Photo by Praveesh Palakeel on Unsplash
Sumi was the youngest daughter of Mr Sharma, a clerk in a government office in Mandya. Mandya is a small city about 45kms from Mysore and about 100 km from Bangalore in Karnataka in India. Sumi was in class 10th, and her elder sister, Radha, was in 12th class. Sumi was more intelligent and hardworking, whereas Radha was average in her studies and had no intention to continue studying after her board exams. Sumi was good in her studies and consistently scored good grades.
Sumi had big dreams. She wanted to be an IAS officer. The IAS is a competitive exam and takes a lot of hard work and focused studies to crack it.
Mrs Sharma was a cancer survivor. She is dependent on the girls for household chores and cooking. Both the girls would get up at 5 am cook meals for the day, clean the house, complete all work and then rush to school at 8 am.
The Sharma’s had a small house close to the busy market square. Since the school was not very far from their home, both the girls would cycle to school.
The elder Radha was very talkative and fond of watching television.
Sumi was an introvert and loved solitude. It was difficult for her to find any quiet place in the house. Radha would always keep the television, or the radio switched on while working in the kitchen.
The house was surrounded by neighbours who had dogs that relentlessly kept barking throughout the day. The cacophony of the marketplace and noisy neighbourhood forced Sumi to take refuge in a private library for her studies. Sumi was very sensitive to noise. Even when it was her turn to cook meals, she would close the kitchen door to shut out all the surrounding sounds.
My friend Mary owned a private library in Mandya and had a good collection of books, magazines and daily newspapers. It was in a quiet locality. Sumi met her and discussed her problem with Mary. Sensing Sumi’s earnestness, Mary offered to help her. She allowed Sumi to use the library for studying during the evening hours, free of cost. In return, Sumi would help Mary run a few small errands and help her with a few chores. Sumi’s silent nature and hardworking attitude had impressed my friend Mary to no end. In a short time, Mary had become very fond of Sumi.
Her school years glided away, and it was time for Sumi to try for college admission. She passed her school board exams with flying colours and won a scholarship for further studies. Sumi wanted to join a college in Bangalore. Mr Sharma was concerned about her safety, and the fact that Sumi and her sister had never stayed away from their parents added to his worry.
Sumi took admission to an Arts college in Bangalore. Since she needed solitude, she would spend hours in the library reading and preparing for the IAS exam after college.
Sumi managed to stay away from all the distractions that girls her age can get addicted to while staying in the hostel. Since her parents could not afford to give her a smartphone, laptop or any other gadget, she had no presence on social media. This proved to be a boon for Sumi as she spent all her waking hours studying. During weekends she would visit her parents. She had just one goal in life. To become an IAS officer and make her parents proud.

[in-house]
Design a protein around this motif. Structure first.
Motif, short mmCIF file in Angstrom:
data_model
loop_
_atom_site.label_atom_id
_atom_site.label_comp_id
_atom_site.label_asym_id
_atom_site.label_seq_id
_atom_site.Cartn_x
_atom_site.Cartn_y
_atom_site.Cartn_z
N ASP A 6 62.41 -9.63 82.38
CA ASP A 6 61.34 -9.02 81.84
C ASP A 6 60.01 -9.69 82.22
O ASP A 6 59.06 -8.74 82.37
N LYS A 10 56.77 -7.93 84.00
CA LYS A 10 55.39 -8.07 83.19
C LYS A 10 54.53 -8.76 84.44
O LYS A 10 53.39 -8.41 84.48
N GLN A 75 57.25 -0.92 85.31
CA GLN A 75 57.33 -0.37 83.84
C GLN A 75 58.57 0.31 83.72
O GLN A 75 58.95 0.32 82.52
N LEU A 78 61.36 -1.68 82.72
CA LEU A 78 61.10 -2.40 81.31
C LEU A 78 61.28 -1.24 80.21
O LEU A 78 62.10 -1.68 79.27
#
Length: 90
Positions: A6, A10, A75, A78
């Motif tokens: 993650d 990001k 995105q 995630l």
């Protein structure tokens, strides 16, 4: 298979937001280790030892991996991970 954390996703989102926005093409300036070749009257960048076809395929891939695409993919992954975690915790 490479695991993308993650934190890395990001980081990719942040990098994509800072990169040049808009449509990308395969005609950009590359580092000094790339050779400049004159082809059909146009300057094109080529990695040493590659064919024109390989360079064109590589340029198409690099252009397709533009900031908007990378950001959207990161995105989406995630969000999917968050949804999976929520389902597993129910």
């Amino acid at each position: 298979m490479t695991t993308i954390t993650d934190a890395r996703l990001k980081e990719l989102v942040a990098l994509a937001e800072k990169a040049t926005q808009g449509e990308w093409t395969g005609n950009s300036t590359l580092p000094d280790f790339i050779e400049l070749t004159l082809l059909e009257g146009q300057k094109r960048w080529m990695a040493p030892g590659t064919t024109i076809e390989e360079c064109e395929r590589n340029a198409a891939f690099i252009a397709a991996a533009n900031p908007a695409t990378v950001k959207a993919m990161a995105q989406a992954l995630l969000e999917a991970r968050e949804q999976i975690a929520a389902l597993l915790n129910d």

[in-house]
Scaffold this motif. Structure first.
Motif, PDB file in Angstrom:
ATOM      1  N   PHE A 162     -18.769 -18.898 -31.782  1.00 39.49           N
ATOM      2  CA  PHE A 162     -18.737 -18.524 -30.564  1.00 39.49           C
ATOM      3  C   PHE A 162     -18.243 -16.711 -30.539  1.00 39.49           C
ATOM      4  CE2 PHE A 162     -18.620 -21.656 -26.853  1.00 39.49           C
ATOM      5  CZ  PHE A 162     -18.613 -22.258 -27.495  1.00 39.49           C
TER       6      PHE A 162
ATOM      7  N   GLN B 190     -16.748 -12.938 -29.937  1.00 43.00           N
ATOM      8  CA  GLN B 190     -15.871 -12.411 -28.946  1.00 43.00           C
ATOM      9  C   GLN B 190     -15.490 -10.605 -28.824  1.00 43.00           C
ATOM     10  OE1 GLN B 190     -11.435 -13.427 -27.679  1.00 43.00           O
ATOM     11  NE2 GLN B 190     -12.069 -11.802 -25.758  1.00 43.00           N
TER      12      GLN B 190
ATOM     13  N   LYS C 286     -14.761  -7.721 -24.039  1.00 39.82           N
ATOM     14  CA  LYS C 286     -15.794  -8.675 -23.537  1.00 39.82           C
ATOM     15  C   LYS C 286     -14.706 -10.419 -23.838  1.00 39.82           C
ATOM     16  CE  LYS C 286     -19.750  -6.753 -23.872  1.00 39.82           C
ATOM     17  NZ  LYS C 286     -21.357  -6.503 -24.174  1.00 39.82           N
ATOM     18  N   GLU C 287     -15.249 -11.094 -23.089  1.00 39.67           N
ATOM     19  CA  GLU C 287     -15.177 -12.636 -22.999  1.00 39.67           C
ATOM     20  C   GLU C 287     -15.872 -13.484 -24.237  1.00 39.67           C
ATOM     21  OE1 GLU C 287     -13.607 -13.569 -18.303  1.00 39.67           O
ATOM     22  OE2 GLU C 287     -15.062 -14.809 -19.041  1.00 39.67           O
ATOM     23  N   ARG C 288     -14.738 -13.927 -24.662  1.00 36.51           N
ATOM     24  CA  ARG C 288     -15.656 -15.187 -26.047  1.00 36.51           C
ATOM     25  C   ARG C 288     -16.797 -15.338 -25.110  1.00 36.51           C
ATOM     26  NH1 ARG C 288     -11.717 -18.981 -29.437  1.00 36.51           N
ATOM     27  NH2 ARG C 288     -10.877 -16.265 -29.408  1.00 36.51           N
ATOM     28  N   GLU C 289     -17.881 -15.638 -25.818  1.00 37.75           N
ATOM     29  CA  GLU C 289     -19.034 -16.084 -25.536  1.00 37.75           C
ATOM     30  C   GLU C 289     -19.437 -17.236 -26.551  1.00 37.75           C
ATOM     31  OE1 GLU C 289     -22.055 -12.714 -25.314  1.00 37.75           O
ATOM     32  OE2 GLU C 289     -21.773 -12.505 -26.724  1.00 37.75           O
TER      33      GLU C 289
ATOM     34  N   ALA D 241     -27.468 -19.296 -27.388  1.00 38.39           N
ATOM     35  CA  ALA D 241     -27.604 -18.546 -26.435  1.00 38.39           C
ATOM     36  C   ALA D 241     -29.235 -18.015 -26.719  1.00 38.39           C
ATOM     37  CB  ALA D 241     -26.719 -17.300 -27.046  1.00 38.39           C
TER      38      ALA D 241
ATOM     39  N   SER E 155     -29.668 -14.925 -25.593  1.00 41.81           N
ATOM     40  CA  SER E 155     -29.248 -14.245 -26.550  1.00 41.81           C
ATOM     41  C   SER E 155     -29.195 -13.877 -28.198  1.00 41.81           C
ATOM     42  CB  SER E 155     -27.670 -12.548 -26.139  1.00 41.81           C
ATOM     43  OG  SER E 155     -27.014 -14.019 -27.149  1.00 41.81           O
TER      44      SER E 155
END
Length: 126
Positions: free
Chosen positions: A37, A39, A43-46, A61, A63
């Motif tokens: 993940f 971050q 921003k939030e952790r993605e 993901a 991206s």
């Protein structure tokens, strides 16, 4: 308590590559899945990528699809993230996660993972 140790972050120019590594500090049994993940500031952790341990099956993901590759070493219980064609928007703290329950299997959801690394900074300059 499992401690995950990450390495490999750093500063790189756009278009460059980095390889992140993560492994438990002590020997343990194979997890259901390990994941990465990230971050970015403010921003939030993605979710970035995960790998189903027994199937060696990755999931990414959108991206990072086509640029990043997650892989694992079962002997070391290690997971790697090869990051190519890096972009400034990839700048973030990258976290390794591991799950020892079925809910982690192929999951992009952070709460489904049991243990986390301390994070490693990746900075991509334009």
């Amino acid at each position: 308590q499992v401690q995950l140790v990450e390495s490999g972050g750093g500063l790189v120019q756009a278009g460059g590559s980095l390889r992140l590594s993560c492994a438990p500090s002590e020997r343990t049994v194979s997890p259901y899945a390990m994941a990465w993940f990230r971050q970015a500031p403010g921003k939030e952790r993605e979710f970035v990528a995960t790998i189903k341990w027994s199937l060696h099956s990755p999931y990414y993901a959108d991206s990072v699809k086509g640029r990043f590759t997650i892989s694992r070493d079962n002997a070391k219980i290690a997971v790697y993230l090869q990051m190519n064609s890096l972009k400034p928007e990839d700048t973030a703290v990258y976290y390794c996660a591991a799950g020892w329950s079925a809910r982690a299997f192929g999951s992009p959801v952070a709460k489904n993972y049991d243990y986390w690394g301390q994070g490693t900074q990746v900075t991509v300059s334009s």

While Sumi was in her second year of college, her mother relapsed from cancer and had to be admitted to the hospital. Sumi had to let go of her classes and travel to Mandya to help Radha and her father look after Mrs Sharma. While she attended to her mother in the hospital, she would carry her books and sit and study next to her mother’s bed. When her mother recovered a little, she was discharged from the hospital. Sumi then went back to Bangalore but continued to visit Mandya every weekend. She was very close to her mother and found it emotionally challenging to be away from her home while her mother was bedridden.
She was worried that she had not fully prepared for the upcoming UPSC exam and may not be able to sail through. Her mother’s cancer worsened, and doctors gave her three more months. Her father insisted that Sumi move back to Mandya, and he would arrange to get her admission to one of the colleges. Luckily her college principal was a kind-hearted soul, and with his help, Sumi was able to get a transfer to another college in Mandya.
Unfortunately for Sumi, her mother passed away a week before her UPSC exam. It was a difficult moment for the family. The two girls were inconsolable. Sumi found it very difficult to cope with this loss. She would visit Mary in the library. Mary encouraged her to appear for the exam. Sumi had prepared for this exam from the time she left school, and therefore there was a good chance that she would be successful. She cracked the exam. Her father was ecstatic and did not stop praising his daughter’s intelligence and determination. It was the first time in many days Sumi had smiled. Her name appeared in the local newspaper, and her friends, relatives, school, and college classmates poured in congratulatory notes. The only thing she felt terrible about was that her mother was not alive to see and celebrate her success.
I met Sumi last year after the pandemic. She had completed her studies and became an IAS officer, and her first posting was in Bangalore. Sumi was still the same shy, introverted girl who loved to work in isolation. She rarely socialised, and her house reflected her love for solitude. Her home had bookshelves neatly stacked with books. Sumi very neatly did up her reading corner and working space. Her job involved travelling to different places in the state, and she loved it.
Sumi was always a lonely achiever.
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